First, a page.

Canadian organizations are sending their employees to the United States for temporary work purposes. However, Canadians -- just like people from other countries -- require a special work visa to be employed legally in the United States. When a human resources person is sending an employee from Canada to the United States, there are a few basics they will want to know. This article will discuss some of the more pressing issues surrounding the topic of B-1 visas in particular.
A U.S. visa gives foreign citizens the ability to travel through a U.S. border and enter the country. In the United States, there are two primary types of visas: non-immigrant visas that apply to temporary visits and immigrant visas that offer permanent residence status.
Canadian HR directors often make the mistake of assuming that their employees can enter the United states under a B-1 visa -- also known as the business visitor's visa. However, it is not as simple as that. The B-1 qualifications are actually quite complicated and they can present certain challenges for HR directors.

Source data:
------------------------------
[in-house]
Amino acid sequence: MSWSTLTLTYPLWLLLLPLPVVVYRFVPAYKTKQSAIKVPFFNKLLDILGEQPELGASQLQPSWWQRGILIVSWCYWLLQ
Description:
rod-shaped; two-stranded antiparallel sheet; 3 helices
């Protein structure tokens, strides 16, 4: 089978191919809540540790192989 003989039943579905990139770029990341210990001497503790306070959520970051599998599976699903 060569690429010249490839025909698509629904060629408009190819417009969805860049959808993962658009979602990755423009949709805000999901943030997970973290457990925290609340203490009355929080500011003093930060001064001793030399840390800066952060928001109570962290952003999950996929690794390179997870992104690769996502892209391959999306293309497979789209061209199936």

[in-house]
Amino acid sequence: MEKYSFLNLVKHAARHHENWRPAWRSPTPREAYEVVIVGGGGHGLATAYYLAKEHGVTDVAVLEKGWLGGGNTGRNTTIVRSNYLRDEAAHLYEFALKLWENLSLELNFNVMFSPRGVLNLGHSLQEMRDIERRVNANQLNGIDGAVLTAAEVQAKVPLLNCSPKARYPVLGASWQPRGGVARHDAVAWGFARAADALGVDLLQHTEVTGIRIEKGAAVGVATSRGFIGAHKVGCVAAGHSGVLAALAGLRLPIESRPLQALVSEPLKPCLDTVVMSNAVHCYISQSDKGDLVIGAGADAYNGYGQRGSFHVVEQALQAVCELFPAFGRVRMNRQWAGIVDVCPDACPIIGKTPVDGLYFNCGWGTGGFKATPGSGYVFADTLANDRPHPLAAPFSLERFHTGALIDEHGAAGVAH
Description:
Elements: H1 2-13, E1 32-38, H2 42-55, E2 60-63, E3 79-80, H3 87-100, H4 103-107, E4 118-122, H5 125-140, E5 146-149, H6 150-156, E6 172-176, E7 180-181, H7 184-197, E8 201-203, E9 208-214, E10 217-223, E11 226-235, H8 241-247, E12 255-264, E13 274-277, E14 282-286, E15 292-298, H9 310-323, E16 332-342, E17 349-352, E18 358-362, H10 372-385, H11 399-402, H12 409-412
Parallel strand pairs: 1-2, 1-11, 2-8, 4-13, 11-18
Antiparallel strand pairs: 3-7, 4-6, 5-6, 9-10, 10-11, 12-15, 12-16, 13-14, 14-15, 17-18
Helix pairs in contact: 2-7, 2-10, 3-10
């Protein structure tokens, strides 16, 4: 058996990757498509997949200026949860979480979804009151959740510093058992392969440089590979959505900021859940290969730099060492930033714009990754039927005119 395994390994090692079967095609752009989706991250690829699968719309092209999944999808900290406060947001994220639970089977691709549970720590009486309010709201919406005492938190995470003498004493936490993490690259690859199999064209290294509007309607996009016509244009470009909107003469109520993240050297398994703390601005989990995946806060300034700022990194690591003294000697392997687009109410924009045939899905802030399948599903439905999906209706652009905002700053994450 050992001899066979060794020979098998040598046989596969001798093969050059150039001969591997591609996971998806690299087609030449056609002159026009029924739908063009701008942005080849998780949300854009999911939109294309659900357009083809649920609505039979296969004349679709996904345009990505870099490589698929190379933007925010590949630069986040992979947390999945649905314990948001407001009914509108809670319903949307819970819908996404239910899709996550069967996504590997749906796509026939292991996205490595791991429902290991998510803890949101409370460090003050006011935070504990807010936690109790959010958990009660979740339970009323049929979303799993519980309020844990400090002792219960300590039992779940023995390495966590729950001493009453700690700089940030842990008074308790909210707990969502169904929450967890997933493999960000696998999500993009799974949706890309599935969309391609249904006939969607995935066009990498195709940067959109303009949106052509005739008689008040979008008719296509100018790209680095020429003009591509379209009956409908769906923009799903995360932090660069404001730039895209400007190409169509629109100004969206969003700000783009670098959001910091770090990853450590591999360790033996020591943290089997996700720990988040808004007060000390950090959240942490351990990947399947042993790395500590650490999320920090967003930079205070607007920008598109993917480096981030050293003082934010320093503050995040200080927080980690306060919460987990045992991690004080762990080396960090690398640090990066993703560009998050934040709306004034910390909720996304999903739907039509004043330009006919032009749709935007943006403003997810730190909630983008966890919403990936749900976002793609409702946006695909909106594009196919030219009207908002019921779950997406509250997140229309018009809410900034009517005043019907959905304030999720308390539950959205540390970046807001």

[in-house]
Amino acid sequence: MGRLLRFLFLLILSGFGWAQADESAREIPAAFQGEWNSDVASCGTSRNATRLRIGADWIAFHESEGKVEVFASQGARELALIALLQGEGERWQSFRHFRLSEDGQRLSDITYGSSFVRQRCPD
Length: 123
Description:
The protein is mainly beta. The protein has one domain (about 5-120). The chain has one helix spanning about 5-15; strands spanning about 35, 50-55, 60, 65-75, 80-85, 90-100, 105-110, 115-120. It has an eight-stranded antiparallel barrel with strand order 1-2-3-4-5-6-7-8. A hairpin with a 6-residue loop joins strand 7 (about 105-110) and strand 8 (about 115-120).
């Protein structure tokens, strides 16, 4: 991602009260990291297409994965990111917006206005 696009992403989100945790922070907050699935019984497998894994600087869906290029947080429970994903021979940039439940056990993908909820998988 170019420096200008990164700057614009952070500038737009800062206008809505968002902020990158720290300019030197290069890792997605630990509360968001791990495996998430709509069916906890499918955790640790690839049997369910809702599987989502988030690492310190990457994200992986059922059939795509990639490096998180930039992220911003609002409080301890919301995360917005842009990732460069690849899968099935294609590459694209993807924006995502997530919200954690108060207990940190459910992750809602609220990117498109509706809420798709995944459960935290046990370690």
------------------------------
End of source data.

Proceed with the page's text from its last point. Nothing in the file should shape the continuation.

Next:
B-1 visas are for employees who are currently employed in Canada (or some other country) and will only be coming to the United States for short stints at a time and carry out activities that are not necessarily work. Here are some of the activities that B-1 visa holders are permitted to engage in:
-- Discussing plans for an investment or important purchase
-- Completing short-term training
-- Building business relationships
-- Participating in a conference
-- Going to a business meeting
-- Completing an after-sales activity
-- Hiring staff and conducting interviews.
There are different options available to Canadian employees who need to enter the United States for employment-related purposes. It is important to review all of the options available and the legal qualification for each in order to determine the best option for a given situation.
Source: Border Solutions Law Group, "Employment Immigration," accessed July 21, 2016